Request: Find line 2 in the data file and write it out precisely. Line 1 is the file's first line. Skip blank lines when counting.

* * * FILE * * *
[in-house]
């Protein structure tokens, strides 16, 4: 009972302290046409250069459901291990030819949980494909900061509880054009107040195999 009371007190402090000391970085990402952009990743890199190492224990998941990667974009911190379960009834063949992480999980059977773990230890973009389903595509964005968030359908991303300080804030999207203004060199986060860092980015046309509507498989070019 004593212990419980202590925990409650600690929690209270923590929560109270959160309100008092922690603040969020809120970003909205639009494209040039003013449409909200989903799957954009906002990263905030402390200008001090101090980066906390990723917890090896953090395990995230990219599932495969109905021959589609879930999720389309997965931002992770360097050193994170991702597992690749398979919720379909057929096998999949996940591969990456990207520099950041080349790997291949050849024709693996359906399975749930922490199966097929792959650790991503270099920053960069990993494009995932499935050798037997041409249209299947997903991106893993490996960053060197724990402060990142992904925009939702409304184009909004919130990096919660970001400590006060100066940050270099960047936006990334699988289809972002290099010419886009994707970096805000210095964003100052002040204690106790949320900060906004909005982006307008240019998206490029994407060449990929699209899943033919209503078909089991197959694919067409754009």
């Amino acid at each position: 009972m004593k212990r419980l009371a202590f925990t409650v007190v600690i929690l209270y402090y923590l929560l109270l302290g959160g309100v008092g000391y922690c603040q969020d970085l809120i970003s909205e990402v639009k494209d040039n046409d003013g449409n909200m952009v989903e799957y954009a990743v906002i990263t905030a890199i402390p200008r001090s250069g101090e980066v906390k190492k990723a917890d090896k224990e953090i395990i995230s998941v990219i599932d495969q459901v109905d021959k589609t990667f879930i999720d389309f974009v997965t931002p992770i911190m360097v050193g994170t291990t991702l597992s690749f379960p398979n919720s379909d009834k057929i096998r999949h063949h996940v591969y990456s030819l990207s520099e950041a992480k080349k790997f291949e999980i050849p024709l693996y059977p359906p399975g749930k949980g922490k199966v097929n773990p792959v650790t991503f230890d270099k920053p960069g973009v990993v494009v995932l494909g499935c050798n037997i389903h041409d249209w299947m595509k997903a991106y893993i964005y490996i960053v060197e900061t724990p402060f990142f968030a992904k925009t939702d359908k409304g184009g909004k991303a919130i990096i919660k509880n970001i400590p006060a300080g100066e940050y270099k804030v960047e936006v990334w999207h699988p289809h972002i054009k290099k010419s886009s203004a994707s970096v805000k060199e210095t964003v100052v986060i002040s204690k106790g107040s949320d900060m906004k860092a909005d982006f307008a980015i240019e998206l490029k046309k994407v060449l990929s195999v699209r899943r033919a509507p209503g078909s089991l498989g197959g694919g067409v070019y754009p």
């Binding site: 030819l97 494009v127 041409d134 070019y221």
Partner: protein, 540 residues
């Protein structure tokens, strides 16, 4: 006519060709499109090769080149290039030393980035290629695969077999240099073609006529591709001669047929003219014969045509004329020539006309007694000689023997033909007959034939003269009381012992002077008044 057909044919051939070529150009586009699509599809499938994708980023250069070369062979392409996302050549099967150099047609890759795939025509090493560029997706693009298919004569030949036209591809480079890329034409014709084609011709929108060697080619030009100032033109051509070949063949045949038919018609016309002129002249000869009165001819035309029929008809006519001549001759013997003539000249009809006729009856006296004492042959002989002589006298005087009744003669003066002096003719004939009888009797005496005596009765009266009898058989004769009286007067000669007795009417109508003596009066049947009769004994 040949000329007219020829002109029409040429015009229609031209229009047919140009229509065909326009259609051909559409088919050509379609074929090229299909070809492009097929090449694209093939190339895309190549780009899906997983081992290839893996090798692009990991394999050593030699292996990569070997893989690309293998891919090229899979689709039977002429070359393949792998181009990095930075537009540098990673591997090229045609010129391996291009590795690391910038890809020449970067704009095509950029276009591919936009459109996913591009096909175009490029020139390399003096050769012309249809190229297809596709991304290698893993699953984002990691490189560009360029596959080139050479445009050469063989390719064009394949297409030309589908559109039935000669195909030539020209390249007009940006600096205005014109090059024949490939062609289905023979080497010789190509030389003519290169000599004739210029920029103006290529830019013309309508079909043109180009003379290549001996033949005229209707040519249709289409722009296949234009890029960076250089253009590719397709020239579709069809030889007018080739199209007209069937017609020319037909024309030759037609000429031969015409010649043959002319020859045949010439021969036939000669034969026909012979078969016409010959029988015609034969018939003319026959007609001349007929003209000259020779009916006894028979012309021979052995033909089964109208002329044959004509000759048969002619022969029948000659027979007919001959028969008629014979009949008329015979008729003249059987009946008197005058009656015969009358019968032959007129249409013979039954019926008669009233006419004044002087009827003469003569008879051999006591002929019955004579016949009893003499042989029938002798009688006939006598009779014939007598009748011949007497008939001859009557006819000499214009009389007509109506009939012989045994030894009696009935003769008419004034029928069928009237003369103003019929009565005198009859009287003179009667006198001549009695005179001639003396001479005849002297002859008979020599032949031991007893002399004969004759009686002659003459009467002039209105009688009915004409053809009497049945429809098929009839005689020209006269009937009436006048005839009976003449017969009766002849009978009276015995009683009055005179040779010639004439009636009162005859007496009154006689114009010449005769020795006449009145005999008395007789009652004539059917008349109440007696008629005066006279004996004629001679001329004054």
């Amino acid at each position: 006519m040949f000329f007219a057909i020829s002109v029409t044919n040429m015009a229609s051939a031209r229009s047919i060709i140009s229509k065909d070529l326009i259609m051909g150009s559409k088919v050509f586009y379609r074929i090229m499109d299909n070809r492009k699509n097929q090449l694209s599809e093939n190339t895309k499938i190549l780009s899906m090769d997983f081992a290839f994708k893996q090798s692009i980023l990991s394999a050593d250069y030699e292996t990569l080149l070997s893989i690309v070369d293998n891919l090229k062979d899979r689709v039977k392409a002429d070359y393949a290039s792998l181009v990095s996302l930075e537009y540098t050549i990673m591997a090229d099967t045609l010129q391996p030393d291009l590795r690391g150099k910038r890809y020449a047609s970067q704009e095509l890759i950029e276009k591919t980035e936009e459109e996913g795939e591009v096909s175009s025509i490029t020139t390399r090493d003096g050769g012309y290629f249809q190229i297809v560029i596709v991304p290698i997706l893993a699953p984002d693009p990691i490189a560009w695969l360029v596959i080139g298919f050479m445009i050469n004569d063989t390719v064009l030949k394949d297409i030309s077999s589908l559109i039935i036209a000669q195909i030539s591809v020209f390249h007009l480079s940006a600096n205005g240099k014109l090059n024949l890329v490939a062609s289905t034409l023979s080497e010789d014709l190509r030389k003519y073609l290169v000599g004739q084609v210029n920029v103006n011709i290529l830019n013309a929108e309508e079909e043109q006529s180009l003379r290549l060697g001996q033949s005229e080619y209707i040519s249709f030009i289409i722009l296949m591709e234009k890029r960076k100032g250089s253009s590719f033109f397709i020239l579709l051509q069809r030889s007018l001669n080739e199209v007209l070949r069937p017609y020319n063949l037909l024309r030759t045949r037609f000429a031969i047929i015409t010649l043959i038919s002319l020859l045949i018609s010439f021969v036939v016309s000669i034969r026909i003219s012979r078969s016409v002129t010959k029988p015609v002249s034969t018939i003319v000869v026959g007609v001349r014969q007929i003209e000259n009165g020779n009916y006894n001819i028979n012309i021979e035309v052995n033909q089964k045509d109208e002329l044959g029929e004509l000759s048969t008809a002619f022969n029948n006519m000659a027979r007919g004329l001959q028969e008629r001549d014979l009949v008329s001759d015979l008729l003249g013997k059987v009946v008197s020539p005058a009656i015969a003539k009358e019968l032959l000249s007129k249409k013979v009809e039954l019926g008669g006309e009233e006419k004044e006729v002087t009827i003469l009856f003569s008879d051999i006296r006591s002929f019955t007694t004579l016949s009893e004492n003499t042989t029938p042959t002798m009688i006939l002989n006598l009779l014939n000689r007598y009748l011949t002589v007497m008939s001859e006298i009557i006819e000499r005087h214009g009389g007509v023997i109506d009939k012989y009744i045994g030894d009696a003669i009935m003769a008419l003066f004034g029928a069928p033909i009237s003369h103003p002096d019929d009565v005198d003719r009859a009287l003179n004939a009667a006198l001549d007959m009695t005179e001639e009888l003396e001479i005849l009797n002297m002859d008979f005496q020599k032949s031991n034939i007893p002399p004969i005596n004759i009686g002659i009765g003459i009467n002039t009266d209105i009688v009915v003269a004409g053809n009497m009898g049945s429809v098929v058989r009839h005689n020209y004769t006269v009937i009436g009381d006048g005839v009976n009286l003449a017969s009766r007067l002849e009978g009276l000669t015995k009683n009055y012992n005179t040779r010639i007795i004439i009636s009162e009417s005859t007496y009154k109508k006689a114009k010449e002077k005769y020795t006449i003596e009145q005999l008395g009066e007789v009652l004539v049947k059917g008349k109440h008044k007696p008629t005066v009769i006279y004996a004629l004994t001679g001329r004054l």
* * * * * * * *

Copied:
């Protein structure tokens, strides 16, 4: 009972302290046409250069459901291990030819949980494909900061509880054009107040195999 009371007190402090000391970085990402952009990743890199190492224990998941990667974009911190379960009834063949992480999980059977773990230890973009389903595509964005968030359908991303300080804030999207203004060199986060860092980015046309509507498989070019 004593212990419980202590925990409650600690929690209270923590929560109270959160309100008092922690603040969020809120970003909205639009494209040039003013449409909200989903799957954009906002990263905030402390200008001090101090980066906390990723917890090896953090395990995230990219599932495969109905021959589609879930999720389309997965931002992770360097050193994170991702597992690749398979919720379909057929096998999949996940591969990456990207520099950041080349790997291949050849024709693996359906399975749930922490199966097929792959650790991503270099920053960069990993494009995932499935050798037997041409249209299947997903991106893993490996960053060197724990402060990142992904925009939702409304184009909004919130990096919660970001400590006060100066940050270099960047936006990334699988289809972002290099010419886009994707970096805000210095964003100052002040204690106790949320900060906004909005982006307008240019998206490029994407060449990929699209899943033919209503078909089991197959694919067409754009």